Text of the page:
b) designate a contact point for the other Parties, and communicate without delay its name and address to the Agreement secretariat to be circulated forthwith to the other Parties; and
c) prepare for each ordinary session of the Meeting of the Parties, beginning with the second session, a report on its implementation of the Agreement with particular reference to the conservation measures it has undertaken. The format of such reports shall be determined by the first session of the Meeting of the Parties and reviewed as may be necessary at any subsequent session of the Meeting of the Parties. Each report shall be submitted to the Agreement secretariat not less than one hundred and twenty days before the ordinary session of the Meeting of the Parties for which it has been prepared, and copies shall be circulated forthwith to the other Parties by the Agreement secretariat.
a) Each Party shall contribute to the budget of the Agreement in accordance with the United Nations scale of assessment. The contributions shall be restricted to a maximum of 25 per cent of the total budget for any Party that is a Range State. No regional economic integration organization shall be required to contribute more than 2.5 per cent of the administrative costs.
b) Decisions relating to the budget and any changes to the scale of assessment that may be found necessary shall be adopted by the Meeting of the Parties by consensus.
3 The Meeting of the Parties may establish a conservation fund from voluntary contributions of Parties or from any other source for the purpose of financing monitoring, research, training and projects relating to the conservation, including protection and management, of migratory waterbirds.
4 Parties are encouraged to provide training and technical and financial support to other Parties on a multilateral or bilateral basis to assist them in implementing the provisions of this Agreement.
1 The Meeting of the Parties shall be the decision-making body of this Agreement.
2 The Depositary shall, in consultation with the Convention Secretariat, convene a session of the Meeting of the Parties not later than one year after the date of the entry into force of this Agreement. Thereafter, the Agreement secretariat shall convene, in consultation with the Convention Secretariat, ordinary sessions of the Meeting of the Parties at intervals of not more than three years, unless the Meeting of the Parties decides otherwise. Where it is possible to do so, such sessions should be held in conjunction with the ordinary meetings of the Conference of the Parties to the Convention.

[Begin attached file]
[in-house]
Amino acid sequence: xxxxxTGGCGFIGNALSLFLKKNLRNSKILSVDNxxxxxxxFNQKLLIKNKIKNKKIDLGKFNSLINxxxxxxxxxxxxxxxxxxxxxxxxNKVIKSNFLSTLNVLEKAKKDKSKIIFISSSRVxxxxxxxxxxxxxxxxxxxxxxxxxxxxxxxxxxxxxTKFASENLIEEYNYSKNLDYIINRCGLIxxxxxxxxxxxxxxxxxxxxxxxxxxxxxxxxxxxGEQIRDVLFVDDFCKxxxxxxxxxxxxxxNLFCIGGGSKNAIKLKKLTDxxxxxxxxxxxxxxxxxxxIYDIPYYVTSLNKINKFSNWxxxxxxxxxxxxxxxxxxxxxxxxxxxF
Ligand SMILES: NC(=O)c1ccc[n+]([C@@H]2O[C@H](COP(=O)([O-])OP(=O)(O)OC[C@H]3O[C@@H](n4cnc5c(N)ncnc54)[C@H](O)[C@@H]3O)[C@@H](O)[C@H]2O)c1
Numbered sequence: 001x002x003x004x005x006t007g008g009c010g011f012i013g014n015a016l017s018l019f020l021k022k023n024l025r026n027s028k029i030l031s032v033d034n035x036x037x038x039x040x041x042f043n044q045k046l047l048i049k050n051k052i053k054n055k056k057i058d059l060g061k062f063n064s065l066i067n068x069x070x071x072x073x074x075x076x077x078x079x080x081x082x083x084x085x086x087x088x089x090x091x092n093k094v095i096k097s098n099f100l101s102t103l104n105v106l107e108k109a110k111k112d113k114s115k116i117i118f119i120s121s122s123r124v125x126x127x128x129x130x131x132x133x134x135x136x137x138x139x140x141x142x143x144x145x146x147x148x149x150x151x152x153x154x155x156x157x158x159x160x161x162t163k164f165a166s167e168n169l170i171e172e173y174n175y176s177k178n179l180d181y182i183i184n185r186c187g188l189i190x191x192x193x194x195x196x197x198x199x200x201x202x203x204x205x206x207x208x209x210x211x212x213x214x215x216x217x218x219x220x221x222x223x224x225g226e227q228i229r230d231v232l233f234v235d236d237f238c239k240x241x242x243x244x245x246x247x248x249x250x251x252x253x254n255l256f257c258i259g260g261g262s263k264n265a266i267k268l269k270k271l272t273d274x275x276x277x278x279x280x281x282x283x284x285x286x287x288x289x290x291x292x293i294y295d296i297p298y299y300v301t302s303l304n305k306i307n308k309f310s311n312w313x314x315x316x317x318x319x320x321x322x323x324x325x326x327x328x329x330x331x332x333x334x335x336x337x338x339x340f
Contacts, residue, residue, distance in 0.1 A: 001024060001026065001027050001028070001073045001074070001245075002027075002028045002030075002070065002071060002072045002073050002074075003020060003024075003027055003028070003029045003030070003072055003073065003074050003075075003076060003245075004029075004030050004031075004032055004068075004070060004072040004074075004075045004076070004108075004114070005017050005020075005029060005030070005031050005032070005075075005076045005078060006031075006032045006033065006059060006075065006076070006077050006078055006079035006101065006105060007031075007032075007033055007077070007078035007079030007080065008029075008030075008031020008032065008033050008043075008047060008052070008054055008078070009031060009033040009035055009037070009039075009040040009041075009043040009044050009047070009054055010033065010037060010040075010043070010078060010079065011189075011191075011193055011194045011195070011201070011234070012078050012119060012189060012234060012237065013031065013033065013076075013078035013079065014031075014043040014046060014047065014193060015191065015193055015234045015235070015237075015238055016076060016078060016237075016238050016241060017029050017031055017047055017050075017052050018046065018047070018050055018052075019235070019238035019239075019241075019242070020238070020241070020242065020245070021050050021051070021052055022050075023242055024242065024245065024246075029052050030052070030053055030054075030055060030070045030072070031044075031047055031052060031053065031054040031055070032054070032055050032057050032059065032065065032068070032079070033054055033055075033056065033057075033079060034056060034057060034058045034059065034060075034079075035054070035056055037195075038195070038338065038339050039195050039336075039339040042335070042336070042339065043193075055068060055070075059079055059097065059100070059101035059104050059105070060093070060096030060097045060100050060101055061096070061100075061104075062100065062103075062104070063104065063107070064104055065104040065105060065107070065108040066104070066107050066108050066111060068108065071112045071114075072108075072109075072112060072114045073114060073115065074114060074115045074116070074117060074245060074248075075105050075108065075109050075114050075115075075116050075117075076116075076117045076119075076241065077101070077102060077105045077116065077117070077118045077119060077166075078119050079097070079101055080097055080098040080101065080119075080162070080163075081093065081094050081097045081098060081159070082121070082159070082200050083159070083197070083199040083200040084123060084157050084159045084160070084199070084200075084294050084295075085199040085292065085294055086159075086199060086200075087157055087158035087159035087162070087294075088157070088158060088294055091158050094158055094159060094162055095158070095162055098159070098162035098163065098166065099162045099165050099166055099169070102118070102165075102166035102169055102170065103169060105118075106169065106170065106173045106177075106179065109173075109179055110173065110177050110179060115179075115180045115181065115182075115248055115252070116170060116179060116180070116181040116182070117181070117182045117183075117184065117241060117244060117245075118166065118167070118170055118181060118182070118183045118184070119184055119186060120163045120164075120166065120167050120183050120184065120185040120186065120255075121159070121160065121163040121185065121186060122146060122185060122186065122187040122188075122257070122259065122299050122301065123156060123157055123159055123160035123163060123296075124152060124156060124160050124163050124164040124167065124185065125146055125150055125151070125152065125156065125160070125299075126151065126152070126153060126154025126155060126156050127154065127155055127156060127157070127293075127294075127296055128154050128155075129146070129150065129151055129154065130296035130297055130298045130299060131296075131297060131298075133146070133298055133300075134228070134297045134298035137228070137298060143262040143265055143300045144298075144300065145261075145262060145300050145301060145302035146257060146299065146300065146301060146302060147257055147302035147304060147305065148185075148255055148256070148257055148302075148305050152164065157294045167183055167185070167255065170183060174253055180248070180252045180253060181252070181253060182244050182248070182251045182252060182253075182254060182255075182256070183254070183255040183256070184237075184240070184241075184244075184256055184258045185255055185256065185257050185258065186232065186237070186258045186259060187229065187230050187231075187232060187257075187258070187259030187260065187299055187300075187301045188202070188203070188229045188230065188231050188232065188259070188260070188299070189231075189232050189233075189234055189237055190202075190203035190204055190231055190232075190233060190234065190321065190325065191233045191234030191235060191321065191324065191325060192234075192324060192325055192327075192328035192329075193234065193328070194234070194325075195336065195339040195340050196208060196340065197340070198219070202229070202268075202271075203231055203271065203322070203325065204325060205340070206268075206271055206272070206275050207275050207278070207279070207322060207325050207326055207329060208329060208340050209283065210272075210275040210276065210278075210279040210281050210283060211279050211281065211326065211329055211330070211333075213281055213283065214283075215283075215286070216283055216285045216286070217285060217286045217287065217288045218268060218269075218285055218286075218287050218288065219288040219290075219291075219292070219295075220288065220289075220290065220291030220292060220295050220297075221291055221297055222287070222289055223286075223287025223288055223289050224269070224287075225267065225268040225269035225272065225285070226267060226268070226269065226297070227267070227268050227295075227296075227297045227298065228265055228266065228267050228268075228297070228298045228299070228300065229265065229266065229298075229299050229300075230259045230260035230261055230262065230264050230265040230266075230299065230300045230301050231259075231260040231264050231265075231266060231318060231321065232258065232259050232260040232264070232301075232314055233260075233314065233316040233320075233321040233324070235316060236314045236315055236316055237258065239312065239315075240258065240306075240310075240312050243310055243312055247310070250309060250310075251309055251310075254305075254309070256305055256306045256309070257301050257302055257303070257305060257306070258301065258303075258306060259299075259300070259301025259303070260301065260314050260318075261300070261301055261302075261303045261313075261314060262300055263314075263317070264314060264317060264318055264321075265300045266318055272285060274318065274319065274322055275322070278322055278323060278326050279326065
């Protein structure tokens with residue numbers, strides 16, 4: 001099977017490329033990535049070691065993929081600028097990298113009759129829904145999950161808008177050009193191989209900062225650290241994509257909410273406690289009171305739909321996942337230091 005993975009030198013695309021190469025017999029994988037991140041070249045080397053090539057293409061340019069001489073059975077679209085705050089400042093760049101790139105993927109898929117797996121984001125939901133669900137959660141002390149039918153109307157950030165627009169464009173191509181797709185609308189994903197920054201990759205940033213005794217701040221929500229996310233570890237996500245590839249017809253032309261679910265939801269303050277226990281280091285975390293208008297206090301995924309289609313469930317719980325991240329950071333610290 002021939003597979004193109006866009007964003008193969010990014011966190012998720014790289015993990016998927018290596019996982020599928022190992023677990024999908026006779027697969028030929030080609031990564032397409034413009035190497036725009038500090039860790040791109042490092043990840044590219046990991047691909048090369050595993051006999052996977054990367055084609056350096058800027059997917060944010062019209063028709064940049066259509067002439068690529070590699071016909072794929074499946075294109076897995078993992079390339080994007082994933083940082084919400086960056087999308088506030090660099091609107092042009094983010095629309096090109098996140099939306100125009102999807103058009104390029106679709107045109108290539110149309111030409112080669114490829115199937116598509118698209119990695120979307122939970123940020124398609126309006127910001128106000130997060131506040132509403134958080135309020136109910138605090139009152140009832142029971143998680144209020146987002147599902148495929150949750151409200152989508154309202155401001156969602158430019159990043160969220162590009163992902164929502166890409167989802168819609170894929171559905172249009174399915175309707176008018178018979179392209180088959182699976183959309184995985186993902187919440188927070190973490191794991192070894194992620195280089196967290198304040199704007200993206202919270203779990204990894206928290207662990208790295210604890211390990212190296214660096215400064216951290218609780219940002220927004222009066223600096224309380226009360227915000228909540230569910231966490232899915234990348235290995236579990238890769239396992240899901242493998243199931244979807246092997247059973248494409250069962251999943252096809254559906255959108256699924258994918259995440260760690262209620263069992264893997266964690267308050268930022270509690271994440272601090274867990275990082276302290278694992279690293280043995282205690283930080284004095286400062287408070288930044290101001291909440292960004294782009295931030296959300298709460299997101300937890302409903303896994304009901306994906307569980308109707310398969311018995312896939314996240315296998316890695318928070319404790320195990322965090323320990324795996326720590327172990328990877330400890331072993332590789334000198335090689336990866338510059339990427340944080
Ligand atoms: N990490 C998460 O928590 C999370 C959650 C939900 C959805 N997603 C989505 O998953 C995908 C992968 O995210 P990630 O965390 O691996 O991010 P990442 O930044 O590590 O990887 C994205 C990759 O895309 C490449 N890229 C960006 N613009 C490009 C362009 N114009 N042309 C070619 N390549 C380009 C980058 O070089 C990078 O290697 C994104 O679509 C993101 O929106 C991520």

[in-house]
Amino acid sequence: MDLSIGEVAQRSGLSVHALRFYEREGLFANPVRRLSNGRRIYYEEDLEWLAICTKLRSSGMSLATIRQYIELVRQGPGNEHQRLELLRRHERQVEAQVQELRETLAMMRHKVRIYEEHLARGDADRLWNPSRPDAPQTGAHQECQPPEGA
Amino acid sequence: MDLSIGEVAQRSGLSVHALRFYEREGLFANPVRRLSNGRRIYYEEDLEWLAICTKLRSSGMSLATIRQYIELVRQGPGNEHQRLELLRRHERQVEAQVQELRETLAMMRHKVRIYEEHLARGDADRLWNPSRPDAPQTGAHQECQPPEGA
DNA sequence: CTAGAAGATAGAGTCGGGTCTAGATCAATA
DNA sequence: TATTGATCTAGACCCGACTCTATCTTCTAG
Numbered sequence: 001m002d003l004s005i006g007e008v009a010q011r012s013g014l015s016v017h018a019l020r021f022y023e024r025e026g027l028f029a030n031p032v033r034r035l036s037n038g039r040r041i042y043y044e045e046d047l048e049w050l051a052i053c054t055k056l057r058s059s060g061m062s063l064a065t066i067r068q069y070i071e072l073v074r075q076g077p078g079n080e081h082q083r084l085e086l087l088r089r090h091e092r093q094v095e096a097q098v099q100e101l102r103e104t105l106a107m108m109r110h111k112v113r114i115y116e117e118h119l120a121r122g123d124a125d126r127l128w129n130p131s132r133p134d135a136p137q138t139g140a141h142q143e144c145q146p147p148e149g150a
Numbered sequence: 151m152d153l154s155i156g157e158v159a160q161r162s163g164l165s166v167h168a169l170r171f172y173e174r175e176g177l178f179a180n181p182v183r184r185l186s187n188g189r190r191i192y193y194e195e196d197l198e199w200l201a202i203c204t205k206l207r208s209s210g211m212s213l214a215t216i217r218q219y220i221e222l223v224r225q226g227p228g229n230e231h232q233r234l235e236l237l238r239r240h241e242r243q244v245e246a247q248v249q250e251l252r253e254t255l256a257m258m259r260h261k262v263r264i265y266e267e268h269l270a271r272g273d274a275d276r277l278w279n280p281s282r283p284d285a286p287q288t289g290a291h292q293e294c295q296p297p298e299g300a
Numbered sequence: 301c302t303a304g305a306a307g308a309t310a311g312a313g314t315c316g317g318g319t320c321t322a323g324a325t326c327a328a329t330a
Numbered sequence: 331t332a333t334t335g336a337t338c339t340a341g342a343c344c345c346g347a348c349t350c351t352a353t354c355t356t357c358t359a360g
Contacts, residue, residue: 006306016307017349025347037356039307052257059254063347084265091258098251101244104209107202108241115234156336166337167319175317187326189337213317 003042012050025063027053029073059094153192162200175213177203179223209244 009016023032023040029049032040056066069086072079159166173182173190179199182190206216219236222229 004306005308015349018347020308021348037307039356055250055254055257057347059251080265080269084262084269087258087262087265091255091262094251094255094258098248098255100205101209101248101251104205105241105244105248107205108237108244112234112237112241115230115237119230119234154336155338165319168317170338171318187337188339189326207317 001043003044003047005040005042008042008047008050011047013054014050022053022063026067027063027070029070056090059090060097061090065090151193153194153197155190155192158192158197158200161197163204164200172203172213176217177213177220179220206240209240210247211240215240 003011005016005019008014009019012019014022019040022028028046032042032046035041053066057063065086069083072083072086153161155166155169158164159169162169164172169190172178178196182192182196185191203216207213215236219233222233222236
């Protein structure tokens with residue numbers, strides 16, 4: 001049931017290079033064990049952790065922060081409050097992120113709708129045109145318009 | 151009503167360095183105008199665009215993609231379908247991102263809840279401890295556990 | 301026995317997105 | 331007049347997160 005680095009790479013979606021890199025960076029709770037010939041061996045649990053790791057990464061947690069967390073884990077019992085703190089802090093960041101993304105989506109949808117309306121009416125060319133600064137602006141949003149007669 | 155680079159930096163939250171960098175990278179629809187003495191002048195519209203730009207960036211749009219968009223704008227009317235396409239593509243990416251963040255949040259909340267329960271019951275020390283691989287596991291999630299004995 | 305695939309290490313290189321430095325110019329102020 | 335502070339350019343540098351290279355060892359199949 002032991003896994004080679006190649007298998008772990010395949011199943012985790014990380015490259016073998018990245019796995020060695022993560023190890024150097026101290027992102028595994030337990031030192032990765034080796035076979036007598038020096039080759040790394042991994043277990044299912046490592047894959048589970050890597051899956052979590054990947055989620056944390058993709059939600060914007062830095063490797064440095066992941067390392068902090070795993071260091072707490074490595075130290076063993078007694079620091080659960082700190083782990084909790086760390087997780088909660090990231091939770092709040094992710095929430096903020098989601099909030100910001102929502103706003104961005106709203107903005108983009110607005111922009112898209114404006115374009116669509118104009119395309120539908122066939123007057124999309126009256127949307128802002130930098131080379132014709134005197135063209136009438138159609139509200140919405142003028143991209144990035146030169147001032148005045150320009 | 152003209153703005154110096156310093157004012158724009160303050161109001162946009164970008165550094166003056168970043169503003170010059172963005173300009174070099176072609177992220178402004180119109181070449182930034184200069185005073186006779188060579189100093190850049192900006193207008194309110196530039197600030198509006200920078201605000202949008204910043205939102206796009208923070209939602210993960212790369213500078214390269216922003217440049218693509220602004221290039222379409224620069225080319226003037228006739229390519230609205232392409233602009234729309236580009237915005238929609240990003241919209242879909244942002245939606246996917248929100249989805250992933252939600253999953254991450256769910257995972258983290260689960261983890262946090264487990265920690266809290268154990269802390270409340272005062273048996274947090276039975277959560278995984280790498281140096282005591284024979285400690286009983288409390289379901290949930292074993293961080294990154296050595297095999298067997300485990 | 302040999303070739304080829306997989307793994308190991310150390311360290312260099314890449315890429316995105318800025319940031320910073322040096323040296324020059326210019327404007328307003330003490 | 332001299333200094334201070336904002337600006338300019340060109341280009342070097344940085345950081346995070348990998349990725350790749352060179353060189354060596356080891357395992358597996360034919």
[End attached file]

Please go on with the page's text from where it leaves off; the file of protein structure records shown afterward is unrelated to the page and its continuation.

3 On the written request of at least one third of the Parties, the Agreement secretariat shall convene an extraordinary session of the Meeting of the Parties.
4 The United Nations, its Specialized Agencies, the International Atomic Energy Agency, any State not a Party to the Agreement, and the secretariats of international conventions concerned inter alia with the conservation, including protection and management, of migratory waterbirds may be represented by observers in sessions of the Meeting of the Parties. Any agency or body technically qualified in such conservation matters or in research on migratory waterbirds may also be represented at sessions of the Meeting of the Parties by observers, unless at least one third of the Parties present object.
5 Only Parties have the right to vote. Each Party shall have one vote, but regional economic integration organizations which are Parties to this Agreement shall, in matters within their competence, exercise their right to vote with a number of votes equal to the number of their Member States which are Parties to the Agreement. A regional economic integration organization shall not exercise its right to vote if its Member States exercise theirs, and vice versa.vice versa.
6 Unless provided otherwise in this Agreement, decisions of the Meeting of the Parties shall be adopted by consensus or, if consensus cannot be achieved, by a two-thirds majority of the Parties present and voting.
7 At its first session, the Meeting of the Parties shall:
a) adopt its rules of procedure by consensus;
b) establish an Agreement secretariat within the Convention Secretariat to perform the secretariat functions listed in Article VIII of this Agreement;
c) establish the Technical Committee provided for in Article VII of this Agreement;
d) adopt a format for the reports to be prepared according to Article V, paragraph 1, subparagraph c), of this Agreement; and